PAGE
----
Pleased to see Ashley Madison hacked? Not so fast...

Ashley Madison: up to 1 million Australians could be exposed.

Ashley Madison: up to 1 million Australians could be exposed.

Notorious dating site for cheating partners Ashley Madison has today found itself the target of hackers who apparently have a major problem with both the parent company Avid Life Media, and the "cheating dirtbags" who use the site. 

The hackers, a person or group calling itself The Impact Team, have posted large caches of stolen data online and claim to have compromised the company's user databases, financial records and other sensitive information. They're threatening to "release all customer records, including profiles with all the customers' secret sexual fantasies and matching credit card transactions, real names and addresses, and employee documents and emails" if Avid Life Media (ALM) does not permanently take down Ashley Madison and another of its rather unpleasant dating sites, Established Men ("Connecting young, beautiful women with interesting men" - yuck). 

In a manifesto posted alongside the data, The Impact Team outlined the main reasons for the hack: namely, that ALM was charging its users a $19 fee to erase their profile information, and that the users are "cheating dirtbags who don't deserve discretion". Nice.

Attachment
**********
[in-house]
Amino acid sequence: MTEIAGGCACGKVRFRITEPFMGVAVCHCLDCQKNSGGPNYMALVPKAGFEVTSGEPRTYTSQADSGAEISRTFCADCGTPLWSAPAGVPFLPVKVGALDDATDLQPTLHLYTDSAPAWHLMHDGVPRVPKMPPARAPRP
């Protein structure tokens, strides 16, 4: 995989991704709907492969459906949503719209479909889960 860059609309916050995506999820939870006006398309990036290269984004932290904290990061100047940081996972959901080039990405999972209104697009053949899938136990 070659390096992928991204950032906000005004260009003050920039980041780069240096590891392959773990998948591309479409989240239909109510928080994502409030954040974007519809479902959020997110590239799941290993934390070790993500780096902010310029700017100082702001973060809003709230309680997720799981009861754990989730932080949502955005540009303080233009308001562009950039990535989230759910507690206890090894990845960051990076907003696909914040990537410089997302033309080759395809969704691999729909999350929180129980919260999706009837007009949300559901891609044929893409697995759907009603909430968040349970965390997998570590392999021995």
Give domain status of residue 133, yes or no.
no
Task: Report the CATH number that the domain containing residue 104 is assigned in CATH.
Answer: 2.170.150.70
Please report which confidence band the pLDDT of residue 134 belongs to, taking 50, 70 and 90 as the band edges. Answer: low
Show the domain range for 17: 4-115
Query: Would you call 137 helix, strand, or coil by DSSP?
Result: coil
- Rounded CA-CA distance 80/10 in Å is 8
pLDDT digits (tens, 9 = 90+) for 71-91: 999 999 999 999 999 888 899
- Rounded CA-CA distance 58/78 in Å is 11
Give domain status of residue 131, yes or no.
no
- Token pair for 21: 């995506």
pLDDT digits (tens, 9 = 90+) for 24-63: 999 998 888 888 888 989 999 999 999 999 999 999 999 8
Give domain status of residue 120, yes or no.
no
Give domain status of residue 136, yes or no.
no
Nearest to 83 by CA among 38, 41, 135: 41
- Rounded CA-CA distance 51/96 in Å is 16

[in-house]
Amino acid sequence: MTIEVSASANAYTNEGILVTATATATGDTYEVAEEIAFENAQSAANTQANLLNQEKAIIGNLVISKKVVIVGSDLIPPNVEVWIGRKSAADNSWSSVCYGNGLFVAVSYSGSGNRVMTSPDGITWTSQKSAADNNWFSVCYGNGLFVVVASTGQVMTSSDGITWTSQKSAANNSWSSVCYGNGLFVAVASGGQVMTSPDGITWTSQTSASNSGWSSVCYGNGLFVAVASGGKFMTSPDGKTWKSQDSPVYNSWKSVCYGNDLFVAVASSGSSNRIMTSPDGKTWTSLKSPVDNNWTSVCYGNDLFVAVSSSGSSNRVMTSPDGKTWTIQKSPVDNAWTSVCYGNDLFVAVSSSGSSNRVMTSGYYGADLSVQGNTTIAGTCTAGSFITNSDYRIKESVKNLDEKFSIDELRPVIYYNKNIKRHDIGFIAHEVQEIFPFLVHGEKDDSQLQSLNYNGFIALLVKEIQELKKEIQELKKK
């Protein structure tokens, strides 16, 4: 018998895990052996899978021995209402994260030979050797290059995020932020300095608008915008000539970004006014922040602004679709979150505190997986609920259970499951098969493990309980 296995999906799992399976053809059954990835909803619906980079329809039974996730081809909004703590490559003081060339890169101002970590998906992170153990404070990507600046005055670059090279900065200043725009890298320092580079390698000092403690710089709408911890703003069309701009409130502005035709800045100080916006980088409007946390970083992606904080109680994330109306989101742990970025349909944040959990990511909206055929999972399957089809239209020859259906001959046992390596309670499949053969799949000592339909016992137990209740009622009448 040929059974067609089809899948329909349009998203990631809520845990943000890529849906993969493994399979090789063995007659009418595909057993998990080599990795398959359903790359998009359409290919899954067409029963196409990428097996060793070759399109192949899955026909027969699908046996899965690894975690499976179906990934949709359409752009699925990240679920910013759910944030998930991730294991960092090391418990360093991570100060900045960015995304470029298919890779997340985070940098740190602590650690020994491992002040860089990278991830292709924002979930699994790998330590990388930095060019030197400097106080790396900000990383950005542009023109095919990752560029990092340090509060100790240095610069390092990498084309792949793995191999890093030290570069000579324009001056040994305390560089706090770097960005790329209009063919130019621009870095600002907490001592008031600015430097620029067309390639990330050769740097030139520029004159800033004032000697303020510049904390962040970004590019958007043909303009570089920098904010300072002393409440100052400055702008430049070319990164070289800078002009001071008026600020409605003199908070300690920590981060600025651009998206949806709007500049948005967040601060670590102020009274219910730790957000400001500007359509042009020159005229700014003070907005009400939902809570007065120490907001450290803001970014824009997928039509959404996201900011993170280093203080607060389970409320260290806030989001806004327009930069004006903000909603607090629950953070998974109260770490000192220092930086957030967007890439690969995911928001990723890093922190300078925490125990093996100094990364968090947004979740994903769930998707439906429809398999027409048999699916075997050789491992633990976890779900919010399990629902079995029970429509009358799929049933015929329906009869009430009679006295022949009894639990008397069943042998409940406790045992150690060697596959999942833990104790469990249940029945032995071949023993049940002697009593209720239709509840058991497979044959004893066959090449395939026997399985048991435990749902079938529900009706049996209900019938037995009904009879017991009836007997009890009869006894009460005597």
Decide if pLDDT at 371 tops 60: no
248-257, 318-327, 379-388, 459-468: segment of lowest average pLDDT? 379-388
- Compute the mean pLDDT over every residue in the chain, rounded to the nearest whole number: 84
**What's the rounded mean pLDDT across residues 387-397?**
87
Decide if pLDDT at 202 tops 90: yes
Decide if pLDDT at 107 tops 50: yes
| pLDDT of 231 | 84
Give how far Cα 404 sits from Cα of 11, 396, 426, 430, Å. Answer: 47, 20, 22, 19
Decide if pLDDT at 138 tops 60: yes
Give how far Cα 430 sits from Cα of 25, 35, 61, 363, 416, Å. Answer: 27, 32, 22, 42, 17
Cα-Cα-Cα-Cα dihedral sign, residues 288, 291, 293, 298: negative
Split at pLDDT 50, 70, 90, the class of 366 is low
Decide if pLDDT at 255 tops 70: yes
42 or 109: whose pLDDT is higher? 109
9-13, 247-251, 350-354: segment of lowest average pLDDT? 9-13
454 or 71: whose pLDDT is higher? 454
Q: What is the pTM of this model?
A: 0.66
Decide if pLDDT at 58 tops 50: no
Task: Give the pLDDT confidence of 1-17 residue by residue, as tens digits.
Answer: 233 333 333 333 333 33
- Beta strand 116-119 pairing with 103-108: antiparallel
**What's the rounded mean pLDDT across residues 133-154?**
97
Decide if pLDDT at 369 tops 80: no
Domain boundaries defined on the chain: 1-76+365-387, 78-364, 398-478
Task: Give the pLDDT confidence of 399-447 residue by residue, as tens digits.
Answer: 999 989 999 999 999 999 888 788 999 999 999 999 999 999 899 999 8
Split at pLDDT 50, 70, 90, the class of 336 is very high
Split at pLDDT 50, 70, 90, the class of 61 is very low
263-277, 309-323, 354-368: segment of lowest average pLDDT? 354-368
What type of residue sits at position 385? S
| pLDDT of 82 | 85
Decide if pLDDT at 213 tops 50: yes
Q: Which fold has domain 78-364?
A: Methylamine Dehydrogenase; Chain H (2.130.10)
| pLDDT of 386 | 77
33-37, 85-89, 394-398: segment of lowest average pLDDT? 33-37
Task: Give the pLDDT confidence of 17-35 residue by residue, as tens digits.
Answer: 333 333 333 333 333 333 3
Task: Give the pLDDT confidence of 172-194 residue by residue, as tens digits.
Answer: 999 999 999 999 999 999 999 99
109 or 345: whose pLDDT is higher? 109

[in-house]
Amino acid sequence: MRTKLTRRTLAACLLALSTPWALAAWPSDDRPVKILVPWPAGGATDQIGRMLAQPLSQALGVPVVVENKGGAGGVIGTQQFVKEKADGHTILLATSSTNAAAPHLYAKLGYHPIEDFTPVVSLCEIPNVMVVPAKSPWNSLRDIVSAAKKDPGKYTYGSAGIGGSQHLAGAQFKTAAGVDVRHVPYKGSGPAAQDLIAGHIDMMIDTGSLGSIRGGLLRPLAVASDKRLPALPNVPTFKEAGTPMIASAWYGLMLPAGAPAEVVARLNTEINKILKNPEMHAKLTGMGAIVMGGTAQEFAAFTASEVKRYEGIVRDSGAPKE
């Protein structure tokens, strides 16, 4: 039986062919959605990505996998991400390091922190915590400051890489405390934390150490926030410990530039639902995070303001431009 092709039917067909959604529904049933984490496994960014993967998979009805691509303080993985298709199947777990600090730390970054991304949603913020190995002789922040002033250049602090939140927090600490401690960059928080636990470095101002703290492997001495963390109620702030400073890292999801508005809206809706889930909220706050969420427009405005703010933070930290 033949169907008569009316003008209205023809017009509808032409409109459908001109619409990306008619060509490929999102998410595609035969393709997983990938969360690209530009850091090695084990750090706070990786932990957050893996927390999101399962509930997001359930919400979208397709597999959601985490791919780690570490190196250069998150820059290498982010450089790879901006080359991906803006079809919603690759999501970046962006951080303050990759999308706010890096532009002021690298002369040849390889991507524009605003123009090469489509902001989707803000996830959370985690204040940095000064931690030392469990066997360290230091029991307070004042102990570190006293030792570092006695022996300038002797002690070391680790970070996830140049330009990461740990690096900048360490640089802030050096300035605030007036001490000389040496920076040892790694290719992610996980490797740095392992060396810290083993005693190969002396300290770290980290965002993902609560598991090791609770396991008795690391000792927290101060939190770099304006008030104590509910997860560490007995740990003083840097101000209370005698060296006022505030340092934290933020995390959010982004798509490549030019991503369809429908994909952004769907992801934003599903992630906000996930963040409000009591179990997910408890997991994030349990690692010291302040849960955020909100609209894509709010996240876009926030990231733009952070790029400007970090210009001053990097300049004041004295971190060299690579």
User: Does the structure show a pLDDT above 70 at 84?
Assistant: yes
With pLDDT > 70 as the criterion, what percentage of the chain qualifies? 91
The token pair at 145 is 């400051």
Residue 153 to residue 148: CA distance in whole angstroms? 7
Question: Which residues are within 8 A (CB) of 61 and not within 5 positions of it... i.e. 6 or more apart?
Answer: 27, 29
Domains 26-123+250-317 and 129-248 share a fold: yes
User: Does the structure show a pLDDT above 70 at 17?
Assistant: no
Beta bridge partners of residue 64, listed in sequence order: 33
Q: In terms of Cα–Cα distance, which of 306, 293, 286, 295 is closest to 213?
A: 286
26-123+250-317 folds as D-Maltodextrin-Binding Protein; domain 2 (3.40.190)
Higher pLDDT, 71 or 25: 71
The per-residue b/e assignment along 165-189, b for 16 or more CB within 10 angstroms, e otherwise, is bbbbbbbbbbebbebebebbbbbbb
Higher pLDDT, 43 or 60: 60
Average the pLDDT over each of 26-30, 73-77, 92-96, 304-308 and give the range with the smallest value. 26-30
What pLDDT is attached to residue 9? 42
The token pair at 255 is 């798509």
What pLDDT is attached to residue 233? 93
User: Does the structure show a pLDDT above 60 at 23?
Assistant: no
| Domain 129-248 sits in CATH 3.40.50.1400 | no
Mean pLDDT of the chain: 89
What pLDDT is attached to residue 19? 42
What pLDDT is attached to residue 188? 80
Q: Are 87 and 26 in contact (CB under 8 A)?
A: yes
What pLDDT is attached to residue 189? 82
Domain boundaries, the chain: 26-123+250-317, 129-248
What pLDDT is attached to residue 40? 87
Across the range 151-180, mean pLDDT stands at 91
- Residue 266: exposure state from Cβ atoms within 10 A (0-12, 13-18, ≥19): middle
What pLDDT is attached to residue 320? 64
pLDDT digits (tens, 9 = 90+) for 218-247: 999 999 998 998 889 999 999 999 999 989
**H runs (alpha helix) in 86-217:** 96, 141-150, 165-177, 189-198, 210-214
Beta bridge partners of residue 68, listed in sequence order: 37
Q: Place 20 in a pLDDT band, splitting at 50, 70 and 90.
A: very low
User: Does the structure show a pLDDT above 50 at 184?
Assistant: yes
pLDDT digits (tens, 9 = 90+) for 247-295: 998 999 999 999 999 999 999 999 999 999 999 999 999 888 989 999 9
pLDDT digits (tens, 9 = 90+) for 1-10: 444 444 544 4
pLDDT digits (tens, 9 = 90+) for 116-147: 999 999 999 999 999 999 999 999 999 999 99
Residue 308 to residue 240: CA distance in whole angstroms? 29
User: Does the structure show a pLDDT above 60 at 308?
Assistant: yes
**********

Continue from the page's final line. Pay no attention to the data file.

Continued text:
It's tempting to bask in schadenfreude at this news, and plenty on social media are doing just that:

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These hook-up sites are not just sleazy - they trade off sexist, exploitative ideas and powerplay in male and female relationships. But is revelling in this privacy breach any different from celebrating revenge porn?

The Impact Team are on a moral crusade and seem to think that their victims - who they don't know - deserve to be humiliated because of personal sexual decisions they've made that are deemed 'immoral'. Siding with the hackers, claiming that these individuals 'should have known better', were 'asking for it' or 'deserve it', is a base echo of the slut-shaming arguments used against women who are the victims of revenge porn.

Nobody knows these people, we don't know their personal stories, we can't judge their decisions. And that's how it should stay.